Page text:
Just in time for Pedalpalooza, that annual festival devoted to all things bikey in Portland (and many that you wouldn’t necessarily imagine to be so), The Bicycle Men rolls into town for a three-day spin at Portland’s Winningstad Theatre. Boasting comedy as broad as a cruiser’s fat tire, a plot as thin as those little racing saddles, themes as lightweight as a carbon-frame road bike … well, you get the idea. Although it’s unfortunately not as tight as those spandex cycling pants, though just as padded, Bicycle Men nevertheless takes viewers on a breezy summer comedy ride.
Custom-built by a seven-man (and one woman) peloton of Second City alumni now based in Los Angeles (five of whom appear onstage, including the keyboardist), The Bicycle Men is less a work of cohesive theater and more a thin, er, frame used for hanging a series of skits that feel like they originated in comedy clubs, not that there’s anything wrong with that. The relatively intimate Winningstad is probably the best of the city’s larger theaters to experience it in, but might work even better in a less formal big cabaret club setting.
Co-written by performers Joe Liss and John Rubano, the story, such as it is, presents a familiar set up: a stranger is unexpectedly trapped (here, by a vehicular malfunction) in a foreign place where everyone is weird and inexplicable. While American summer bike tourist Steve waits for his bike to be repaired in a petite French village, he encounters oddball hosteliers, bike repairmen, puppeteers, cabaret performers, even, improbably, an old American (or as Rick Perry would say, Texan) buddy and, ultimately, a mysterious, mythical deity called “L’homme du Bicyclette.”
Each encounter occasions a song (and usually dance) number that often has little to do with the alleged plot, providing opportunities for cranking out mostly clever sendups of obvious stereotypical targets: Texans, Jewish entertainers, Italian crooners, faux décolletage and other semi naughty bits, bike worship, sex, clueless unsophisticated American tourists, snooty French people, white people (a dance number of that title is one of the show’s highlights), and, of course, mimes.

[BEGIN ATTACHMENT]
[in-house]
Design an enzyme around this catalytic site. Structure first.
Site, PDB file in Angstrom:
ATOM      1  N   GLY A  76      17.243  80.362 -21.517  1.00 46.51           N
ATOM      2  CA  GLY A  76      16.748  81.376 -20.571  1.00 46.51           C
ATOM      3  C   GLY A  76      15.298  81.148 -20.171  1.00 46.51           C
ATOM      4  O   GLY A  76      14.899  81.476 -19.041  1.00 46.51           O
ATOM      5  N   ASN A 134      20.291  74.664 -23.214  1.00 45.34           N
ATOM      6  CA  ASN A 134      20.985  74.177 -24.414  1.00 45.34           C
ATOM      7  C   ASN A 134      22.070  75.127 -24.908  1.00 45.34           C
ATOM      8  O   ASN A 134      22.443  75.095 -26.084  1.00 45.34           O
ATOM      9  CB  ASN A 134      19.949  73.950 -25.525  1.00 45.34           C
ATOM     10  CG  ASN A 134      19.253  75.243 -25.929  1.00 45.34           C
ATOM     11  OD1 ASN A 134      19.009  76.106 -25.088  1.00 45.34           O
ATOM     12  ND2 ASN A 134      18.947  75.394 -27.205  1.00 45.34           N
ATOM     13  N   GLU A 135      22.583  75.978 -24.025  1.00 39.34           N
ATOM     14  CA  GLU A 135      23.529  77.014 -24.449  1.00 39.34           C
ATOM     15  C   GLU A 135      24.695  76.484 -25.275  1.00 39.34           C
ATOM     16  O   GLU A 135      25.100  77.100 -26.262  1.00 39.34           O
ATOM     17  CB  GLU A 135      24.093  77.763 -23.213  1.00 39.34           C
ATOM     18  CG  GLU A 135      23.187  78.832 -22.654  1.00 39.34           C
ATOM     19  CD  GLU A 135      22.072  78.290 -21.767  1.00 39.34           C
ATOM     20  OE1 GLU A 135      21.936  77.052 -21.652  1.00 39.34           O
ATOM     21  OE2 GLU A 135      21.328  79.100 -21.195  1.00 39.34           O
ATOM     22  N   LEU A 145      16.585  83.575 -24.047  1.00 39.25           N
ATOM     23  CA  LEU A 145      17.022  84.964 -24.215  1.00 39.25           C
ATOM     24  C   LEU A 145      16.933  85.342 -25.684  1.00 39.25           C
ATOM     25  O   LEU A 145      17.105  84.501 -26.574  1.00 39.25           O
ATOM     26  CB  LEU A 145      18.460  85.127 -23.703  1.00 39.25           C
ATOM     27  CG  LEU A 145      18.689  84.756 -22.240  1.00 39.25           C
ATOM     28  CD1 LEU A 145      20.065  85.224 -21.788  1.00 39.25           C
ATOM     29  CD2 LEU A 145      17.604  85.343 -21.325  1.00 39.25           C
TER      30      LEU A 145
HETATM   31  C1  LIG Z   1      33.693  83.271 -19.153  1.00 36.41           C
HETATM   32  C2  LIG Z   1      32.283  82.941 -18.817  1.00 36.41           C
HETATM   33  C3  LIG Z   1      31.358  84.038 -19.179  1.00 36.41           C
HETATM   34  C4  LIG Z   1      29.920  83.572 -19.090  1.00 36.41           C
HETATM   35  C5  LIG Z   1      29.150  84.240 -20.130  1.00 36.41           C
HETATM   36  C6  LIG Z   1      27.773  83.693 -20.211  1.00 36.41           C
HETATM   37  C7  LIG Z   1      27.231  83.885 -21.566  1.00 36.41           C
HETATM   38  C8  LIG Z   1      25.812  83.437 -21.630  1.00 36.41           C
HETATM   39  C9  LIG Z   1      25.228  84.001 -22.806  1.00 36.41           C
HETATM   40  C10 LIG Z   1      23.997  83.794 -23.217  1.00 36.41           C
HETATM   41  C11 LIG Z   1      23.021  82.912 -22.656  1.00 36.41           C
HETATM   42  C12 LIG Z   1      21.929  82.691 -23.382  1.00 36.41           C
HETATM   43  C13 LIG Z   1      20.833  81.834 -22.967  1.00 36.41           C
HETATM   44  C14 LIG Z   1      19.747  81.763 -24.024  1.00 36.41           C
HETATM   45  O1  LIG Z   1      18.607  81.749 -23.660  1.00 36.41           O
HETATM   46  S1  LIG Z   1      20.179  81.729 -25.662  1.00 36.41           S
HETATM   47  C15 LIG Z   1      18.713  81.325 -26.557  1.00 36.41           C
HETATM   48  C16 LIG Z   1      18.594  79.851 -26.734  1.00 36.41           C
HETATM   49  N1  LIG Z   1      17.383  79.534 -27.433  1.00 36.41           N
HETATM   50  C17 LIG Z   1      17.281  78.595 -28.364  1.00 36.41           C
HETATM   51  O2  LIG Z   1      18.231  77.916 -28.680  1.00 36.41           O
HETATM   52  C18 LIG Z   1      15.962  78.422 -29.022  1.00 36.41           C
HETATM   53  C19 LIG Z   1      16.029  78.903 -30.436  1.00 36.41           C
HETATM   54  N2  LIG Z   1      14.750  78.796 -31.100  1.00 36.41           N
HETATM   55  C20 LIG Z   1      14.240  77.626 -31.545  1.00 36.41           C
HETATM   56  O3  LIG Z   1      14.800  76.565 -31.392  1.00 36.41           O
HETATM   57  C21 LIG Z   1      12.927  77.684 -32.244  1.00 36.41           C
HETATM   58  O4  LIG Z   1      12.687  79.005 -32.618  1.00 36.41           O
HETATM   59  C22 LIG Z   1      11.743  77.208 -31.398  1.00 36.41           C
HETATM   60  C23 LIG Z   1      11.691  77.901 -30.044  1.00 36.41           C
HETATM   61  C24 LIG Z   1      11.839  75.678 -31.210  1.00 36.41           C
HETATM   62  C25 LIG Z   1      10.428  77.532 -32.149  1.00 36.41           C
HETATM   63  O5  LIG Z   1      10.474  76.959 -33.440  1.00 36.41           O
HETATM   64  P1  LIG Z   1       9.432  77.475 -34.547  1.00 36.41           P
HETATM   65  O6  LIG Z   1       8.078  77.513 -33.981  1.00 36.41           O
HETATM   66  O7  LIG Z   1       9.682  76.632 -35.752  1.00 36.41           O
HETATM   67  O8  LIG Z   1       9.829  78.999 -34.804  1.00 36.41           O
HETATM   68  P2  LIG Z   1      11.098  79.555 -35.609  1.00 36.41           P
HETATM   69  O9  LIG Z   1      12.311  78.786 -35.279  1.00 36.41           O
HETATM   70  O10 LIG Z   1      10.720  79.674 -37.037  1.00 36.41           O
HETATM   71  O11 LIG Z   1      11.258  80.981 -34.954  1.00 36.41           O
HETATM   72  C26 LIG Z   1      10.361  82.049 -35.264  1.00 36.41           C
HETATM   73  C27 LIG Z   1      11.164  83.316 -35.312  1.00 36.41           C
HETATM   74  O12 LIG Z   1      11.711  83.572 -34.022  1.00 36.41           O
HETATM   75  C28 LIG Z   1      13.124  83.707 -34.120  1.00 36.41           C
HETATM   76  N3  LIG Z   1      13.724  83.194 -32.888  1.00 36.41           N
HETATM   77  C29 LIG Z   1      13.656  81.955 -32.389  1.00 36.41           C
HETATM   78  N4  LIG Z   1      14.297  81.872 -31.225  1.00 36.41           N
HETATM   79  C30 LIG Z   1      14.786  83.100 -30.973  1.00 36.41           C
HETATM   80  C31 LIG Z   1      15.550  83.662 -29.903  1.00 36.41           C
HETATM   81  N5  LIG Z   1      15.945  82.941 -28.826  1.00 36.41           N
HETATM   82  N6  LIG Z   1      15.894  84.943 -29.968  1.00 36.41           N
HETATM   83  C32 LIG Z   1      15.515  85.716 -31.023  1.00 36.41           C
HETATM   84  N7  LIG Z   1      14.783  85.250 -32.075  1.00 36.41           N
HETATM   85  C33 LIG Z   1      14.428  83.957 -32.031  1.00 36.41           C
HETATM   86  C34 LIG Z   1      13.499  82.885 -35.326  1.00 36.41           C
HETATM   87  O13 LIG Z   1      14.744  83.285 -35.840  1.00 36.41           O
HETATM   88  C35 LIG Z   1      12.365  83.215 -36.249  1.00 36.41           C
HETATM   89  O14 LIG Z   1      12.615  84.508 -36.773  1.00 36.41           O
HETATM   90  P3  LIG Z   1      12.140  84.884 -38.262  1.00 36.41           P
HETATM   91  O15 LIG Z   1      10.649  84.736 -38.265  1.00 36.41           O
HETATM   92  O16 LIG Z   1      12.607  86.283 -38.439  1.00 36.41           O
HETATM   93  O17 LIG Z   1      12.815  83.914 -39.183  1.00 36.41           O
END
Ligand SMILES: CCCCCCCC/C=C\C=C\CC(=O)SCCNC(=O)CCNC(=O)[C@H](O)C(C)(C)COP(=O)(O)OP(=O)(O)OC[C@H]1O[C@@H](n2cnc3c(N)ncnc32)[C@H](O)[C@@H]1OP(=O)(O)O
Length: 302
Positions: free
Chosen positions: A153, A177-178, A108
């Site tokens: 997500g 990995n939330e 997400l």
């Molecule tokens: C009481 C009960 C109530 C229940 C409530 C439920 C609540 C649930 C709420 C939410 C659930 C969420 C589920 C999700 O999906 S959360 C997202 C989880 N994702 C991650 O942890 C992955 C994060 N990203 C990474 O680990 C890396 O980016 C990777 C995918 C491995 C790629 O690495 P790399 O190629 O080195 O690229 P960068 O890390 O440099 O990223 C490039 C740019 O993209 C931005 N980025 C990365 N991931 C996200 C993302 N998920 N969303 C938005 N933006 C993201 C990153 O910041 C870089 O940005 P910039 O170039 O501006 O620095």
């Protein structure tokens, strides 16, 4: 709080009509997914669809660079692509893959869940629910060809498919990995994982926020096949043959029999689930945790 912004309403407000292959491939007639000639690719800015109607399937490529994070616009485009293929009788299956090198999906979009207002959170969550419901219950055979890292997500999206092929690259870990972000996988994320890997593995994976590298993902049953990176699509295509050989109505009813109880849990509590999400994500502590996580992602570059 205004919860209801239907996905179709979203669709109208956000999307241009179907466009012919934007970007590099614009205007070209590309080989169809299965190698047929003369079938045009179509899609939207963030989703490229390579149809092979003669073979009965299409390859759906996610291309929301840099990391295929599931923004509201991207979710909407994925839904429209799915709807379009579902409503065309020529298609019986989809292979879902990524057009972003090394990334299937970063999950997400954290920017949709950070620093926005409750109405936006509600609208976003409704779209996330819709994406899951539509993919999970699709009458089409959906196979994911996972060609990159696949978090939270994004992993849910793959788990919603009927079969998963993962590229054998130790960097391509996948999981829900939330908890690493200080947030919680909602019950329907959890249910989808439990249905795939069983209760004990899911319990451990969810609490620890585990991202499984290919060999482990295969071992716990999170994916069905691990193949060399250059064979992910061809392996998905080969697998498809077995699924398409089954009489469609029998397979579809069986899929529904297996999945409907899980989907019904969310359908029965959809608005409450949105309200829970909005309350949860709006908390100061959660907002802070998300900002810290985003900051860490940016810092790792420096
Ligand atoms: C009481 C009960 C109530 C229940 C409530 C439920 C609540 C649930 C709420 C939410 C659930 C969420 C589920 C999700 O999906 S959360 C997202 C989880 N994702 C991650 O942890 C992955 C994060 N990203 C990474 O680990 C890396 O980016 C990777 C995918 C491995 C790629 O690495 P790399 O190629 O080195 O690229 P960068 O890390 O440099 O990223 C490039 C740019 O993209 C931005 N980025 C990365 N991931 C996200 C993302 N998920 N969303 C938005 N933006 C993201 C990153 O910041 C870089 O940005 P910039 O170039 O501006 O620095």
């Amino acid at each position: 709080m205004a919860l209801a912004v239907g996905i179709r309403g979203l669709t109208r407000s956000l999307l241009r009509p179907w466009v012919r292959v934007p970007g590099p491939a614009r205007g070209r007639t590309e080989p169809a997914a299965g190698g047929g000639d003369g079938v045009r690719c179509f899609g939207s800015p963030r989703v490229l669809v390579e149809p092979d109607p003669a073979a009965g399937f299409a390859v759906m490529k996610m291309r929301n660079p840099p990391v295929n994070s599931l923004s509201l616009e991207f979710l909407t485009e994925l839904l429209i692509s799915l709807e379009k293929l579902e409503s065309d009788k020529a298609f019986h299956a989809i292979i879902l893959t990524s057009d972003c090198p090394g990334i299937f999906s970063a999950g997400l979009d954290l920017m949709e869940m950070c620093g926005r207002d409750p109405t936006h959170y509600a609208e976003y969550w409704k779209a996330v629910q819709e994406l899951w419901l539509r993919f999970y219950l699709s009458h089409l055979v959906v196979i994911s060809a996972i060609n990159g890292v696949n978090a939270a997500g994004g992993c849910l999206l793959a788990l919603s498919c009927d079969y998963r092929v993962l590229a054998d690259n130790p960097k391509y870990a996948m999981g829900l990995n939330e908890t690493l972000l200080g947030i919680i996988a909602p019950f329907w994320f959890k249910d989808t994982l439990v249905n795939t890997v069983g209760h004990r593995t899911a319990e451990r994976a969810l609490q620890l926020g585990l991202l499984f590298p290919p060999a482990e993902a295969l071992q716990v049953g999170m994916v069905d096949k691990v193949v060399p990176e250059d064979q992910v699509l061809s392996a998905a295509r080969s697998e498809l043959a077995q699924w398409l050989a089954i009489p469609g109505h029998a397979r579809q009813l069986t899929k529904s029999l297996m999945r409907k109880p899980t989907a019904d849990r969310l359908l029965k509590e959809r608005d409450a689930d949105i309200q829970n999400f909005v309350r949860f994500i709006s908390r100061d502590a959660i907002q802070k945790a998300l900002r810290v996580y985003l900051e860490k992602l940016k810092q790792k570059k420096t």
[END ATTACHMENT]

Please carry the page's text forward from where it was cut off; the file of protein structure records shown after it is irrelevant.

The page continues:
In fact, the show wobbles when struggling to advance its bare-bones plot, picking up speed in its set pieces. Like a cyclist ascending and then descending Mt. Tabor, The Bicycle Men starts off slow and gains impressive momentum in the second half. Trimming the clunkier portions of the first act, as well as the intermission, would have turned an intermittently amusing two-hour evening into a really tight hour-long delight.
Nevertheless, with its charmingly and intentionally low-budget look; some generally funny and occasionally hiliarious songs (especially a devilish existentialist lullabye, a Gilbert & Sullivan/“He’s a Lumberjack” style song called “An Unremarkable Man,” one of several Monty Python-inspired bits, and another about non-gay musical theater performers); tight, compelling musical direction and performance by keyboardist Ryan McCurry; and uniformly engaging performances (especially rubbery Derek Manson, whose singing and dancing really boost the RPMs) by its engaging quartet of actor/singer/dancers, The Bicycle Men surmounts its occasional bumps and wobbles and makes for a mostly smooth, silly summer ride that should play well in bike-besotted Oregon.
Incidentally, anyone interested in bike-related theater, or vice versa, should check out one of Pedalpalooza’s most fun and arts-related rides. Portland’s Working Theatre Collective rolls out its annual bike play — this year’s edition is called Time Cycle — June 18-21.
Portland’5 Centers for the Arts presents The Bicycle Men, June 5-7 at 7:30 pm at Winningstad Theatre. Tickets are available online.
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